In order to fully reveal the microstructure characteristics of Ti6321 alloy, the R-plane, T-plane, and N-plane of the alloy sheets were observed. Figure 3 shows the 3D metallography of four kinds of sheets. As shown in Figure 3A, the α phase on the T-plane and the R-plane are elongated toward TD and RD, respectively, in hot rolled sheets, and the size of α phase in N-plane is larger. The microstructure of the sheet annealed at 900°C is similar to that of the hot rolled, but the equiaxed degree of α phase on three observation surfaces is increased (Figure 3B). With the increase in annealing temperature, more and more primary α phases dissolve into β phase, and the αs (secondary α) phase precipitates in β phase during the subsequent air-cooling process. As a result, the microstructure gradually evolves into bimodal microstructure, which is composed of an αp (primary α) phase and transformed β, as shown in Figure 3C. This indicates that the alloy undergoes a greater degree of α → β transformation. When the annealing temperature rises above the β transition point temperature, the grains of the alloy sheet become coarse and are filled with large number of lamellar α cluster structures (Figure 3D). Figure 4 shows the SEM images of N-plane of four different initial microstructures of Ti6321 alloy sheets. Both hot rolled and equiaxed microstructure sheets contain equiaxed and elongated α phases, but it is obvious that the proportion of elongated α phase is higher in hot rolled sheet. The bimodal microstructure sheet includes the equiaxed αp phase and lamellar αs phase, and there is almost no elongated α phase. The widmanstatten sheet includes the lamellar αs phase and a small amount of GB α (grain boundary α phase), as shown in the Figure 4d.

FIGURE 3
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Figure 3. 3D metallograph of four different initial microstructures of Ti6321 alloy sheets in RD-TD-ND directions: (A) Hot rolled sheet; (B) Equiaxed microstructure sheet; (C) Bimodal microstructure sheet; (D) Widmanstätten microstructure sheet.

FIGURE 4
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Figure 4. SEM images of N-plane of four different initial microstructures of Ti6321 alloy sheets: (a) Hot rolled sheet; (b) Equiaxed microstructure sheet; (c) Bimodal microstructure sheet; (d) Widmanstätten microstructure sheet.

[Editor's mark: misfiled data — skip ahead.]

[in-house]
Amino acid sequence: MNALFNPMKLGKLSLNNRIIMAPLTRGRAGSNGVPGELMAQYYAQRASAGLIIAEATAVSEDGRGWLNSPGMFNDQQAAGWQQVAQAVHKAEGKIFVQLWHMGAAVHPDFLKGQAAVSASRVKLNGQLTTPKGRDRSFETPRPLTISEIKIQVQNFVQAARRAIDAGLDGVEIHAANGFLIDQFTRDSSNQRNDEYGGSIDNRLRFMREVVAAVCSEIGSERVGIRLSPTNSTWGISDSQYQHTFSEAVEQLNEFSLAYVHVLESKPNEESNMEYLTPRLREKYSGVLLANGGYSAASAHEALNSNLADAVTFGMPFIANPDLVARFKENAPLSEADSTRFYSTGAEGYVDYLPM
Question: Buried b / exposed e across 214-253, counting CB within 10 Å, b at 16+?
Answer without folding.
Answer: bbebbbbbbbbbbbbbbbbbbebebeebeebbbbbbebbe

Figure 5 shows the TEM images of four different initial microstructures alloy sheets, and the microstructures are all composed of α and β phases. Based on the quantitative statistics of a large number of OM, SEM, and TEM images, some characteristic parameters of the four different microstructures (N-plane) of the alloy sheets are shown in Table 3. Comparative statistics show that the volume fraction of primary α phase in the equiaxed microstructure sheet is the highest, about 80.79%. The size of the primary α phase in the bimodal microstructure sheet is the smallest (10–20 μm). The length of the secondary α phase in widmanstätten microstructure sheet appears to range greatly (20–160 μm). It should be noted that the original β grains in the widmanstätten microstructure sheet become very coarse, and the size even reaches 2.3 mm.

FIGURE 5
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Figure 5. TEM images of Ti6321 alloy and alloy element contents of α and β phases: (A1, A2) Hot rolled microstructure; (B1, B2) Equiaxed microstructure; (C1, C2) Bimodal microstructure; (D1, D2) Widmanstätten microstructure.

TABLE 3
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Table 3. Quantitative statistics of different initial microstructures of Ti6321 alloy.

Figures 5A2, B2, C2, D2 shows that the content of Ti and Al in the α phase is significantly higher than that in the β phase in these three kinds of microstructural sheets. However, the content of Nb and Mo in the β phase is significantly higher. As a neutral element, Zr content in the two phases exhibits little difference. As shown in Figures 5C1, the bimodal microstructure sheet is composed of αp and transformed β, and the width of the β lamellae is about 100–400 nm. The composition of two phases in the bimodal microstructure sheet is similar with that of the equiaxed sheet. For the widmanstätten microstructure sheet, the α lamellae grow in a certain direction in the β grain, as shown in Figure 5D1. Obviously, when the heat treatment temperature is above the β transition point, the difference of the content of alloying elements in the αs and β phase decreases, indicating that the diffusion of elements is relatively uniform.

Anisotropy of Mechanical Properties and Fracture Morphology